Mike, Kim, Kirsten and I visited Maine Distilleries in Freeport on Tuesday to learn how they make their premium potato vodka, Cold River Vodka. We had a private tour with a stillmaster who showed us the facilities, described the process, and answered all our many questions. It was one of the best factory tours I’ve ever experienced. The vodka tasting at the end was nice, too. The blueberry vodka is my favorite. The blueberry flavoring is made from fresh blueberries and added to the vodka before bottling. Flavoring increases the volume so the alcohol added to this spirit is of a higher proof.
Cold River Vodka is made with potatoes grown in Fryeburg, Maine. The potatoes are ground and mixed with water from the Cold River Aquifer to create a mash. This mash is cooked with yeast to create a liquid alcohol byproduct. The mash is then distilled in a tall cylindrical copper distiller to evaporate and capture the alcohol. This alcohol is cut with water to get the desired proof.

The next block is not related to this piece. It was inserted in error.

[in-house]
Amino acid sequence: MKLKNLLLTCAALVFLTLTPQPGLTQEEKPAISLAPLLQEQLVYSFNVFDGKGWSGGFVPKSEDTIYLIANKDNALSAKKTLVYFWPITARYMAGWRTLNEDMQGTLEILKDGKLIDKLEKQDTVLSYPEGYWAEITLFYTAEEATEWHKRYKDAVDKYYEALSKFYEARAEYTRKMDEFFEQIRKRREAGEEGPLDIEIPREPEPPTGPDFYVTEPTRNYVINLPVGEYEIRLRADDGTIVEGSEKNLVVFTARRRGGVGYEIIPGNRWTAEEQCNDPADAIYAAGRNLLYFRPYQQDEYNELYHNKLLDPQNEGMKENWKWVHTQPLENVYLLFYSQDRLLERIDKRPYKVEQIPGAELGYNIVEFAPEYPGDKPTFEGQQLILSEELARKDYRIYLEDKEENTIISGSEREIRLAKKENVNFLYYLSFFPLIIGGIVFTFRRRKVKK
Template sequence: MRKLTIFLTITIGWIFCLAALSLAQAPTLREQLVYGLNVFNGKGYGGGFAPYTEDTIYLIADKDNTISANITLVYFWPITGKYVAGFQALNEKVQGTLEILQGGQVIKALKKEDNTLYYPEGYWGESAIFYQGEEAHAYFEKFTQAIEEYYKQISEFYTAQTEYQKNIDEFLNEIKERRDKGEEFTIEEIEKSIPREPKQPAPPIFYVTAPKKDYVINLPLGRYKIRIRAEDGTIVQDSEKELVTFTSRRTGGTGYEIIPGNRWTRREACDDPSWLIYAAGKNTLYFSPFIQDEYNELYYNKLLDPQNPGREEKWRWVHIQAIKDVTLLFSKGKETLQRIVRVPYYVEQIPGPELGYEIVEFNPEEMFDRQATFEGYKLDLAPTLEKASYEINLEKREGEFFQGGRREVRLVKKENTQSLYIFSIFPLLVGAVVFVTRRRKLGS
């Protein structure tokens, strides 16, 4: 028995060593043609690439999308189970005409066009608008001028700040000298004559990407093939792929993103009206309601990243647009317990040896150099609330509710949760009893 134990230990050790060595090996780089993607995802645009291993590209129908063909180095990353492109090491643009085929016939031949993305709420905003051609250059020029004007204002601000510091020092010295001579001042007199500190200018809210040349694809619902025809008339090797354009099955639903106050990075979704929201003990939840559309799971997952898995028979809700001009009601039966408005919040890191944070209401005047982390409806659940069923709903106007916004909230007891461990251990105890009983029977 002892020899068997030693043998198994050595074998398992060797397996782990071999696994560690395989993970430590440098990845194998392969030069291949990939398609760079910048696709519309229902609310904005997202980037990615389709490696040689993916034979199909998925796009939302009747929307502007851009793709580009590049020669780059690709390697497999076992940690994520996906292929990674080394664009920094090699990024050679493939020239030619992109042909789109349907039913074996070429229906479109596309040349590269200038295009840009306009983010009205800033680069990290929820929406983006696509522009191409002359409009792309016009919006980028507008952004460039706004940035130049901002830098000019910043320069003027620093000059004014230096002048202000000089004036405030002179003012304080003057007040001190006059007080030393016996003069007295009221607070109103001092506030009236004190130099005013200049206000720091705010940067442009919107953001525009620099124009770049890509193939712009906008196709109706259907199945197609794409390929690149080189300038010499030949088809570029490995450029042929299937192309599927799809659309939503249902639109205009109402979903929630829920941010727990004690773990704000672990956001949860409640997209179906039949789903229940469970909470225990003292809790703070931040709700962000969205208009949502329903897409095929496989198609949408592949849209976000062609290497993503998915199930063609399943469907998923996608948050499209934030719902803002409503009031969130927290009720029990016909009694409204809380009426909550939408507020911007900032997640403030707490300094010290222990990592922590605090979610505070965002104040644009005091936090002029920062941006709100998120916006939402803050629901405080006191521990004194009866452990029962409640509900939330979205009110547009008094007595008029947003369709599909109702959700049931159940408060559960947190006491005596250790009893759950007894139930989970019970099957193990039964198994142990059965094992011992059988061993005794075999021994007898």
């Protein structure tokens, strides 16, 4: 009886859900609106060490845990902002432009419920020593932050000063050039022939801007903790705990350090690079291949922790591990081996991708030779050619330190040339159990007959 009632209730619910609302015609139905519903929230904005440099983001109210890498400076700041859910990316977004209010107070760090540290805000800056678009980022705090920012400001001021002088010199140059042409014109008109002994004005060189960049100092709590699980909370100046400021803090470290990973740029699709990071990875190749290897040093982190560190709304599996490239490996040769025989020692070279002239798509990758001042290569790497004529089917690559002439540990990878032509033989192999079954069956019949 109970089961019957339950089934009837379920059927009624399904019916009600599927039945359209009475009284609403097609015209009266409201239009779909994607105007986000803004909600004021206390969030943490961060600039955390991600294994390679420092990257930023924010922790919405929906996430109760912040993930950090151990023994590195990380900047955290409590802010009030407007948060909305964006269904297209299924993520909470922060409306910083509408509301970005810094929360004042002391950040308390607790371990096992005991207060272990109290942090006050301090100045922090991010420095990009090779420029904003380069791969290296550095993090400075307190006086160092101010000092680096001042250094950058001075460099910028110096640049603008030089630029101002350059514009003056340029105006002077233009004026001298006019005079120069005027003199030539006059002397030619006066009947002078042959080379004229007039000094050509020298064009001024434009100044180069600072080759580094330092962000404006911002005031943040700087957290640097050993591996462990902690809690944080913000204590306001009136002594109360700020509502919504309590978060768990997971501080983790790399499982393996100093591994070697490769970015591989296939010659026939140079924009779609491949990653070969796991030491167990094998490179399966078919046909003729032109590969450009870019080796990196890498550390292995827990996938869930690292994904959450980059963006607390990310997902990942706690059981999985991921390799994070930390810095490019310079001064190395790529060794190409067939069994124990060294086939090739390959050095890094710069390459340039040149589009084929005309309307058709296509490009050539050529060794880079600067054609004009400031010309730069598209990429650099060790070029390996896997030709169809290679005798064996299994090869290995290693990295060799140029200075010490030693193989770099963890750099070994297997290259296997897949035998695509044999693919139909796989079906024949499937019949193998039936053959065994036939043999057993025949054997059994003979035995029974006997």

Wikipedia – Vodka: Distilling and Filtering
Many distillers from these countries prefer to use very accurate distillation but minimal filtering, thus preserving the unique flavours and characteristics of their products.
Maine Distilleries use very minimum filtering to preserve the unique flavors of the potatoes. They can do this because they use copper distillers instead of stainless steel. The entire column of the distiller has cleaning nozzles and port holes so it can be cleaned before each batch.
While the whisky is generally only distilled down to its final alcohol content, vodka is distilled until it is almost totally pure alcohol and then cut with water to give it its final alcohol content and unique flavour, depending on the source of the water.